- BA.2.86 continues to transmit in the UK as evidenced by continued sporadic cases with no travel history in almost all regions (moderate confidence). It is circulating within a mix of variants which are antigenically distinct but which have similar or slightly greater level of escape from population immunity. Given this mixture and the characteristics of BA.2.86, it is plausible that the incidence of this variant may increase, but using the current low number of sequenced cases we cannot predict whether it will outcompete other circulating variants.
From: UK Health Security Agency Published September 2023UKHSA releases latest data on variant BA.2.86The UK Health Security Agency (UKHSA) has published its latest variant technical briefing containing updated analysis of the emergent variant BA.2.86.BA.2.86 continues to transmit within the UK, with sporadic cases identified in most regions.The briefing contains early laboratory data from a number of scientific organisations around the UK, including UKHSA’s own Vaccine Development and Evaluation Centre (VDEC), the University of Oxford, the Glasgow Centre of Virus Research and the Pirbright Institute.This early data indicates that BA.2.86 is no more likely to evade existing antibodies than XBB.1.5, another variant that has been circulating widely in the UK.While the available data remains limited, there is currently no evidence to suggest that BA.2.86 infection is more likely to make people seriously ill than currently-circulating variants, while vaccination is likely to provide continued protection.UKHSA will continue to monitor vaccine effectiveness in the population throughout the winter and will publish updated analysis in due course.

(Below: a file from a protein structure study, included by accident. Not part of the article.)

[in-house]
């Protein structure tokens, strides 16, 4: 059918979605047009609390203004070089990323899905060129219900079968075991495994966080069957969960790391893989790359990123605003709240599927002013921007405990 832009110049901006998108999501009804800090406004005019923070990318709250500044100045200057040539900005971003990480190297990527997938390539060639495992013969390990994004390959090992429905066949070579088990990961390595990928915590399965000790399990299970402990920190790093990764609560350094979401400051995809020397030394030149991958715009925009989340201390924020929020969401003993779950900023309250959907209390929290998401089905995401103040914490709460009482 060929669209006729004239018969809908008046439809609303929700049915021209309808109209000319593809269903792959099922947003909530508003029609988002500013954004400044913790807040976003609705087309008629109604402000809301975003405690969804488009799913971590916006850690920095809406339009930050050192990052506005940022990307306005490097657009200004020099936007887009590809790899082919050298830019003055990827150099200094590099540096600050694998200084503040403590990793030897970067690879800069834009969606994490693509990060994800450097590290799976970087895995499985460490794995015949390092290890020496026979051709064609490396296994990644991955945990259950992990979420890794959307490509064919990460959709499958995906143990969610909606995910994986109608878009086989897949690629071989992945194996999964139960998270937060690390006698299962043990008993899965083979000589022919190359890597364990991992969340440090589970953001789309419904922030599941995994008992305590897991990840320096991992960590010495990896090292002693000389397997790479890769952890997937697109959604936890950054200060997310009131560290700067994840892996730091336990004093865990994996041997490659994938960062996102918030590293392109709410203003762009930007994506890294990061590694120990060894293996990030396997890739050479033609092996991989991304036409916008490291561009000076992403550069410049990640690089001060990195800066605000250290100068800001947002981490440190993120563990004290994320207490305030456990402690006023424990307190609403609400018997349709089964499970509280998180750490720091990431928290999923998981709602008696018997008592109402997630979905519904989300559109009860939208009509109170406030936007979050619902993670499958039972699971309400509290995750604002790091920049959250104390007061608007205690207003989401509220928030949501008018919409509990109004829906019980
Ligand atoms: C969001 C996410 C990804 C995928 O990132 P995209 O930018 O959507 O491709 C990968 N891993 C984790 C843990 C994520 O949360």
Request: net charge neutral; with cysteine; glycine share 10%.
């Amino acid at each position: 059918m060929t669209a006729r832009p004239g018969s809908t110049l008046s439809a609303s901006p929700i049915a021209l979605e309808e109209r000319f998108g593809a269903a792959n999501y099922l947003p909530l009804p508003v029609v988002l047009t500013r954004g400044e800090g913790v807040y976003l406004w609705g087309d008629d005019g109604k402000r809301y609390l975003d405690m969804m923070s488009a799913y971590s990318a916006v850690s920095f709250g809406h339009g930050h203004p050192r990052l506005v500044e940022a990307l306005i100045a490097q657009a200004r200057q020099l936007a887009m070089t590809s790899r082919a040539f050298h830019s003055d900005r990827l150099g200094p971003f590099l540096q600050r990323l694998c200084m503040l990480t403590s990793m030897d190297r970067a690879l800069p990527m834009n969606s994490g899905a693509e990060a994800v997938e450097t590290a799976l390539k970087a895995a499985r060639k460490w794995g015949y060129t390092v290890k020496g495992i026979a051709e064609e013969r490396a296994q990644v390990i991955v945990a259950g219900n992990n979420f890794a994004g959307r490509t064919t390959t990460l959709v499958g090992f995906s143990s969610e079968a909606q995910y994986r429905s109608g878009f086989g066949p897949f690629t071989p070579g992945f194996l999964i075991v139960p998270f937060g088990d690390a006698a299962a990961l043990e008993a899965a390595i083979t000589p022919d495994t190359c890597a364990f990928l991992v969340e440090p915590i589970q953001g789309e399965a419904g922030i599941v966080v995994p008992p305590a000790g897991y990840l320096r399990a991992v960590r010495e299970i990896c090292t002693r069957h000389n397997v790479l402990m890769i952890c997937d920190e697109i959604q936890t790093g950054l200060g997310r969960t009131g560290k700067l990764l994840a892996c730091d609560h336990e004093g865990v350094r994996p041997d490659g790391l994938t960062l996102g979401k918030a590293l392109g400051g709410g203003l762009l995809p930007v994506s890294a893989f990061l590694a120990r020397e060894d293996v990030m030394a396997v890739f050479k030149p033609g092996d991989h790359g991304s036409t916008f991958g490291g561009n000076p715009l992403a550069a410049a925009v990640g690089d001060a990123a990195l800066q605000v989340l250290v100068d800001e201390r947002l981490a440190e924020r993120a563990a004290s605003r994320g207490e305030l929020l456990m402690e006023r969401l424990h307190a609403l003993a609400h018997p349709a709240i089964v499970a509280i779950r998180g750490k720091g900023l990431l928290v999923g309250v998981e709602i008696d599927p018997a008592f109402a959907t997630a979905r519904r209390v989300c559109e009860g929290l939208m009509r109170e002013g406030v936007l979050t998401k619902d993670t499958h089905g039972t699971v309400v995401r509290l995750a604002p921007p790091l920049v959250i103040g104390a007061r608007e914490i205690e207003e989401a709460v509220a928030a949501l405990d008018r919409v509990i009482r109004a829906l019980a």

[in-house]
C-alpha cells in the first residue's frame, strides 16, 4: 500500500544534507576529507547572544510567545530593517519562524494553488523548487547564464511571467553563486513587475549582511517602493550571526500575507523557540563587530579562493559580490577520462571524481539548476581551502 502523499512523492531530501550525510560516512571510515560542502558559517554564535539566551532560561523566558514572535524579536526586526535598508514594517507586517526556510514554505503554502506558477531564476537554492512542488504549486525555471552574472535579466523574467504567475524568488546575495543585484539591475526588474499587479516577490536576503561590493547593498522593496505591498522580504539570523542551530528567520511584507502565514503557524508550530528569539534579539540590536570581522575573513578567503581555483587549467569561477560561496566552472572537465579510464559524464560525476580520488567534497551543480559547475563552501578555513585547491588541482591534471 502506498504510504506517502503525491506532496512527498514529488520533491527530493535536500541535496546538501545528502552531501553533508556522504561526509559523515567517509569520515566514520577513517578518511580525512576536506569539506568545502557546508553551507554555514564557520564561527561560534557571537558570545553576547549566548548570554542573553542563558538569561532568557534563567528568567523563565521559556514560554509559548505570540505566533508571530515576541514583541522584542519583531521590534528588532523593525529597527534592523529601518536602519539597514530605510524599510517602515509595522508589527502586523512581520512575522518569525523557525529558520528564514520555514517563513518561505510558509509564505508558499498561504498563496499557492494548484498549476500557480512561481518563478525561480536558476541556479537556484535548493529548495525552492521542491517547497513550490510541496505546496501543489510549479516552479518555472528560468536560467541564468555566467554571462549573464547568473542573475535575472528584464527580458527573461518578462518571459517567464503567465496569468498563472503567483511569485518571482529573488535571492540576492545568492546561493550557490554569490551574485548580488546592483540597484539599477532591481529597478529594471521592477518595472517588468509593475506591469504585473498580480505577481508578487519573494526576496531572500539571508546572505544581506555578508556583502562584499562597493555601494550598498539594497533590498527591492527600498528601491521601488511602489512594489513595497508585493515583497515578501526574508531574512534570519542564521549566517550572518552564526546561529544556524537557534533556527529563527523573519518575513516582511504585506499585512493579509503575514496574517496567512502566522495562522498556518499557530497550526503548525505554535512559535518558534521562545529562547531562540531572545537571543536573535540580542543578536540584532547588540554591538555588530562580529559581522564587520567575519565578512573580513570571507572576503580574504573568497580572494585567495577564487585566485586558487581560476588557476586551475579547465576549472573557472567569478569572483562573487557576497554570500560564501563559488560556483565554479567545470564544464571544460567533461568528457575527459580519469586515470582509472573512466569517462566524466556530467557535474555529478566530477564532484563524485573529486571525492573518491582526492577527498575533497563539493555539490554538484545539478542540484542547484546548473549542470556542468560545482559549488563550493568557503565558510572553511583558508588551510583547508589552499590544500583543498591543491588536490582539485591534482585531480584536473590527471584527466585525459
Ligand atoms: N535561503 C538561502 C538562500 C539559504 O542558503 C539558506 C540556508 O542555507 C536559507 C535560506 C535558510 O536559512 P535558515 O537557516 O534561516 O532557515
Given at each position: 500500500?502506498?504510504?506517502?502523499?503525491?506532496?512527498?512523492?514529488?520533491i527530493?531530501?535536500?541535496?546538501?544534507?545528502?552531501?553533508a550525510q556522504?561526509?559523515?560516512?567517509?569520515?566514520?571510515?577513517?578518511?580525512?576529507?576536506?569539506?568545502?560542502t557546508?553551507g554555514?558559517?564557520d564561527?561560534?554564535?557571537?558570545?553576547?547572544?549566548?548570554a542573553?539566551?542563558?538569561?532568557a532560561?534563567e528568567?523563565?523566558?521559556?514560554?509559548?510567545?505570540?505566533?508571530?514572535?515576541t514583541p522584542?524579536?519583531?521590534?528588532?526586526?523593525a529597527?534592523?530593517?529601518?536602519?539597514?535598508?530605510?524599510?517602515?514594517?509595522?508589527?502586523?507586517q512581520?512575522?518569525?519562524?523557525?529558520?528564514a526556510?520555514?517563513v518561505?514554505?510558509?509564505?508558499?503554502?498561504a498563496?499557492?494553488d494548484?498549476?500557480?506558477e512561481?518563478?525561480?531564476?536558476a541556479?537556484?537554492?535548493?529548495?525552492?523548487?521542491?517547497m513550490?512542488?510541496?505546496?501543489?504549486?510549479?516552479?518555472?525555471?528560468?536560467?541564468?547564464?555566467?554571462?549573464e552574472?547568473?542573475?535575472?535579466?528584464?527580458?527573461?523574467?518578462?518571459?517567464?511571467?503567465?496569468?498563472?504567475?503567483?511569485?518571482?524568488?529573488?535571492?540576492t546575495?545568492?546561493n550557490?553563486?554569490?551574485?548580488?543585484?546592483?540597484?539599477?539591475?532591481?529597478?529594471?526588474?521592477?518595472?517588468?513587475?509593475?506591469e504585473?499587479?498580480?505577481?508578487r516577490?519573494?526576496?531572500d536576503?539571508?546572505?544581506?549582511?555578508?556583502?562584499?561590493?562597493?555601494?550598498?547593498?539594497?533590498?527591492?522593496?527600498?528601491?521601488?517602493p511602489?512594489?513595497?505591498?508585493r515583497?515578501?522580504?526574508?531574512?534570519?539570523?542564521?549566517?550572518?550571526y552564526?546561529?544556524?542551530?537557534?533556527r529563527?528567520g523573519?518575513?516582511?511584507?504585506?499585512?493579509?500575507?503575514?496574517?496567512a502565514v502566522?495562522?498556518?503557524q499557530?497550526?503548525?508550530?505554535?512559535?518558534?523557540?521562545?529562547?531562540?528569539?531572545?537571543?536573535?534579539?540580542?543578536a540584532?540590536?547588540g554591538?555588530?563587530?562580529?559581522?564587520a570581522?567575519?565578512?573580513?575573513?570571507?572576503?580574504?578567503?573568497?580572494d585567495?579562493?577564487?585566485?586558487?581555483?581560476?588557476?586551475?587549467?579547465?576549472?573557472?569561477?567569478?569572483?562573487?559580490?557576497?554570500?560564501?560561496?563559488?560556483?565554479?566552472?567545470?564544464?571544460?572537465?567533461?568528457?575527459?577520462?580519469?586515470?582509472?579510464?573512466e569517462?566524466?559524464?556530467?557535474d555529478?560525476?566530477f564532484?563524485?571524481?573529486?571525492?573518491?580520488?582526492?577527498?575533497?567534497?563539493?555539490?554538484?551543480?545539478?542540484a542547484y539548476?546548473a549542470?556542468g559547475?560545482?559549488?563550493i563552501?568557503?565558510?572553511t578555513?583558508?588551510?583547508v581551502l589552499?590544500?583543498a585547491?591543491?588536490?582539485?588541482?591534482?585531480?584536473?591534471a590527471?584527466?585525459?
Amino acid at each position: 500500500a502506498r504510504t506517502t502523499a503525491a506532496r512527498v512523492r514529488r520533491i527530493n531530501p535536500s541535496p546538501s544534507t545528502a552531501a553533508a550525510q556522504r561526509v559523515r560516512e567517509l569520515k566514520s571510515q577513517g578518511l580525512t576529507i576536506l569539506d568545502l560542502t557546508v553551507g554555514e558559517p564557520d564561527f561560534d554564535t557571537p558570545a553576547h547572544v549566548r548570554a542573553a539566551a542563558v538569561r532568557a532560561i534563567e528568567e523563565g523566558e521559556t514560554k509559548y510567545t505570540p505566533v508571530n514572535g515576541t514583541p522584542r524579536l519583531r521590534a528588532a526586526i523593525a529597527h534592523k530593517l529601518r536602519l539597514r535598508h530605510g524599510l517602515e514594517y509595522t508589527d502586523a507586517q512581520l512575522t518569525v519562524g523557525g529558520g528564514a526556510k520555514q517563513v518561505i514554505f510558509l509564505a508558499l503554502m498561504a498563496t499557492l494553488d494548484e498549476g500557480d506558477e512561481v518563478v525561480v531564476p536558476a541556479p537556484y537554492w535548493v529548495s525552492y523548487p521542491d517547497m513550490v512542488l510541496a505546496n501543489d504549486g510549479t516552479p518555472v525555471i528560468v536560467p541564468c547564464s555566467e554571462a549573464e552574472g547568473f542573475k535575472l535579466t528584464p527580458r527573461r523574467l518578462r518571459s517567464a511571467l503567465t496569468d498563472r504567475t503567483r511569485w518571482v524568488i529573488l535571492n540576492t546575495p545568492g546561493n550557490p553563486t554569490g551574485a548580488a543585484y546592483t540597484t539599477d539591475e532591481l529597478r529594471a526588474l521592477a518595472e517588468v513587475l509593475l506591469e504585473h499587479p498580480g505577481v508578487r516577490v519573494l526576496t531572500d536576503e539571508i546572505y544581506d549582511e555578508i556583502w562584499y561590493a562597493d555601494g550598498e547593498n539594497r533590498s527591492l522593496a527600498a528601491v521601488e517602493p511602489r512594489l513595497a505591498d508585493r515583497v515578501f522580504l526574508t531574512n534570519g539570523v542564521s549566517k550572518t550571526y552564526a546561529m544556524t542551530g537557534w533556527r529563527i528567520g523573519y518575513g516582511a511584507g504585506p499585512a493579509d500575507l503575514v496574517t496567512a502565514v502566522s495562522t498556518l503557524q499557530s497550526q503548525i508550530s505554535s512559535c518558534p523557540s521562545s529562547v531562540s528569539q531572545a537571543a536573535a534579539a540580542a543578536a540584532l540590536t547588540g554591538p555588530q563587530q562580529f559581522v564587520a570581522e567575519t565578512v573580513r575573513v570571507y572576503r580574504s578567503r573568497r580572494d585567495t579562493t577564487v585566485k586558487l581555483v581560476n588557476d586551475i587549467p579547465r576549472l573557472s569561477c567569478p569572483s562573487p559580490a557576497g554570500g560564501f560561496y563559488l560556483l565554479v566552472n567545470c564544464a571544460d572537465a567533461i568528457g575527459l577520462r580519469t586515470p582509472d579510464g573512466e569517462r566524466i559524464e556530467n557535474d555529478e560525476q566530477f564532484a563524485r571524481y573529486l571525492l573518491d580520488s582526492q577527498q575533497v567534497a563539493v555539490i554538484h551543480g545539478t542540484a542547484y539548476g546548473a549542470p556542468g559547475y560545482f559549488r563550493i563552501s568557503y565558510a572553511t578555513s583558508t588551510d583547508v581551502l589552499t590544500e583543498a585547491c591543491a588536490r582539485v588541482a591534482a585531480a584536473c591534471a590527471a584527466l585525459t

Professor Susan Hopkins, Chief Medical Advisor, UKHSA said:While this is still very early data and more research is needed before we can be certain, it is encouraging to see an initial indication that BA.2.86 demonstrates similar levels of antibody escape compared to other variants circulating in the UK. The available data is too limited to draw conclusions about the severity of the illness it causes, but there is so far no evidence to suggest that it is more likely to make people seriously ill than other Omicron variants in circulation.The UKHSA technical briefing also includes initial findings of tests performed in the UKHSA laboratory at Porton Down to examine the effectiveness of lateral flow devices (LFDs) in detecting BA.2.86, which found no reduction in sensitivity compared to previous variants.
The autumn vaccination programme started this month, and this new data shows once again how important it is that the most vulnerable among us are fully vaccinated in order to receive the greatest possible protection. I urge everyone eligible to come forward for their next dose as soon as they are called.
(Continue . . . )
It is still too early to know whether BA.2.86 is a flash in the pan, or the next `big thing'. It has a lot of very `fit' competition (EG.5, XBB, etc.) to overcome, but it continues to evolve, and it (or one of its descendants) could gain momentum over time.
But most of all, it is a reminder that nearly 4 years after SARS-Cov-2 emerged on the global stage, it remains unpredictable, nimble, and capable of reinventing itself in a big way.
Traits and abilities you really don't want to underestimate in such a well-adapted, humanized, virus.